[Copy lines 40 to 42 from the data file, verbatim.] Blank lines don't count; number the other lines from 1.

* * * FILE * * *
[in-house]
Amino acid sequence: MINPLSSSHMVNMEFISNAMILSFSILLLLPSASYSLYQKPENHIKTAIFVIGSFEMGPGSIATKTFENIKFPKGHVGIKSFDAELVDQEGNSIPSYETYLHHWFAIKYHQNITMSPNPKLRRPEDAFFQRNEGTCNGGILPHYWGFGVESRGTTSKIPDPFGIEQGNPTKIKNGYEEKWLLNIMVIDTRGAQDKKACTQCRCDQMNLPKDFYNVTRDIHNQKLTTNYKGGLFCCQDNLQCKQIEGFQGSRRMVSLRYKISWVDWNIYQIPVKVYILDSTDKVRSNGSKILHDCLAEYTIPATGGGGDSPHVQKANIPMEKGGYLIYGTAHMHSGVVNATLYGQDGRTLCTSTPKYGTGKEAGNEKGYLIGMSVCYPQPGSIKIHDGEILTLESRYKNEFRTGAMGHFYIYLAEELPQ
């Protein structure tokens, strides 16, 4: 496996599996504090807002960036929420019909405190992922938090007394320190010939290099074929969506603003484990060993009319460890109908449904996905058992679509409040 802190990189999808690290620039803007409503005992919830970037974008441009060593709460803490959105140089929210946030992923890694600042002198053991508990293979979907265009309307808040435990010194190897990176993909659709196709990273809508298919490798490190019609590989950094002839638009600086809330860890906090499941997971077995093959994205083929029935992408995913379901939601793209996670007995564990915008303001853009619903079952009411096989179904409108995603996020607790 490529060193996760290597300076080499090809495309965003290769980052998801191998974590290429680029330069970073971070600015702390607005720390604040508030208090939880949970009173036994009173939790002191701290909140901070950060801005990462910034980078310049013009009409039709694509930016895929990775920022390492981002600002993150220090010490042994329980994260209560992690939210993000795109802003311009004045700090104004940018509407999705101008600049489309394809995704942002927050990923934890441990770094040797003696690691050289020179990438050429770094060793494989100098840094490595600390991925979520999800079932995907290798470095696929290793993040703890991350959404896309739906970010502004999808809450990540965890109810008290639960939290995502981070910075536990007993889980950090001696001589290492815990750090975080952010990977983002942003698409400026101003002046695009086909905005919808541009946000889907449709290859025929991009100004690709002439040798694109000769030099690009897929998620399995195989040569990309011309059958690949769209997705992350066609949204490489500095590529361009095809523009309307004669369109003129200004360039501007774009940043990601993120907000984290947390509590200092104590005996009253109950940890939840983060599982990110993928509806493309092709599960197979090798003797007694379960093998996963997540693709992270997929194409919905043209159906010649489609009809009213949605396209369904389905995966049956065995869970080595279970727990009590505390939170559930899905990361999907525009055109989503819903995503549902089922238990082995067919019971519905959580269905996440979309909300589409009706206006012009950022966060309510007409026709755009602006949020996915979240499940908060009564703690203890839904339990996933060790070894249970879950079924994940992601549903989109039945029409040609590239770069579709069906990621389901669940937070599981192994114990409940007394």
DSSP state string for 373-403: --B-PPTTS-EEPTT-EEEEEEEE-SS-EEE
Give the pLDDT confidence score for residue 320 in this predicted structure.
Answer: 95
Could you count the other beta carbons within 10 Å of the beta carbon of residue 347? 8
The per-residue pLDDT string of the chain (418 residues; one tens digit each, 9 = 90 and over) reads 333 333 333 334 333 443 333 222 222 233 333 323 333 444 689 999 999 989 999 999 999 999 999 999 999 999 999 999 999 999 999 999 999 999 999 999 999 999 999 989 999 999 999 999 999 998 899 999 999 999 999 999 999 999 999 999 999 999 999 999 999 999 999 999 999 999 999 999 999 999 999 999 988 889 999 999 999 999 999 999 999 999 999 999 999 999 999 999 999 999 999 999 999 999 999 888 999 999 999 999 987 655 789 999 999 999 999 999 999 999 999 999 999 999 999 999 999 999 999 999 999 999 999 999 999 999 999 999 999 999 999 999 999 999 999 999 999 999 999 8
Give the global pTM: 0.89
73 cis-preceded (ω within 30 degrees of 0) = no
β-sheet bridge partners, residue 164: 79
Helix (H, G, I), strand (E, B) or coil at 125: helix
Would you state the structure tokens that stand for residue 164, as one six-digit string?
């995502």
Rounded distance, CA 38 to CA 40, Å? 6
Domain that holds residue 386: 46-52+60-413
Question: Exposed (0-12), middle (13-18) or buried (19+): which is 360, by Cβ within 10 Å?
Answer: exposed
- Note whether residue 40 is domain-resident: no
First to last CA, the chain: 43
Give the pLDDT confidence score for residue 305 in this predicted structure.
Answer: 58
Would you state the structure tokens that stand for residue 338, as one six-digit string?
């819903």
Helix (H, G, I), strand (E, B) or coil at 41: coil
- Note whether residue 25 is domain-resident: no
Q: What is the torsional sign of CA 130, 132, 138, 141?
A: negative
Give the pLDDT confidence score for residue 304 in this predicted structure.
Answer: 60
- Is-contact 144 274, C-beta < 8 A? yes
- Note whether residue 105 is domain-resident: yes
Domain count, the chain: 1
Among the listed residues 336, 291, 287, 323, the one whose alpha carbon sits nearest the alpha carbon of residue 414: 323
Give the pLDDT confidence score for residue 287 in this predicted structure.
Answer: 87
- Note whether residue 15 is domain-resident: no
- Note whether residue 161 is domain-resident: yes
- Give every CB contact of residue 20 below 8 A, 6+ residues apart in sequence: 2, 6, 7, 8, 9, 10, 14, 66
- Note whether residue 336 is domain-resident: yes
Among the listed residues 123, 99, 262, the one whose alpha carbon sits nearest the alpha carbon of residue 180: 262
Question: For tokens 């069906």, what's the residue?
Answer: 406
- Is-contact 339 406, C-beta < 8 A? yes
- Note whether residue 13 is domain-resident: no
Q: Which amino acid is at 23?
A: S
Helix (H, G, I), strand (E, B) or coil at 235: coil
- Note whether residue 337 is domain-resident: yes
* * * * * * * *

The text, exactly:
- Note whether residue 336 is domain-resident: yes
Among the listed residues 123, 99, 262, the one whose alpha carbon sits nearest the alpha carbon of residue 180: 262
Question: For tokens 């069906």, what's the residue?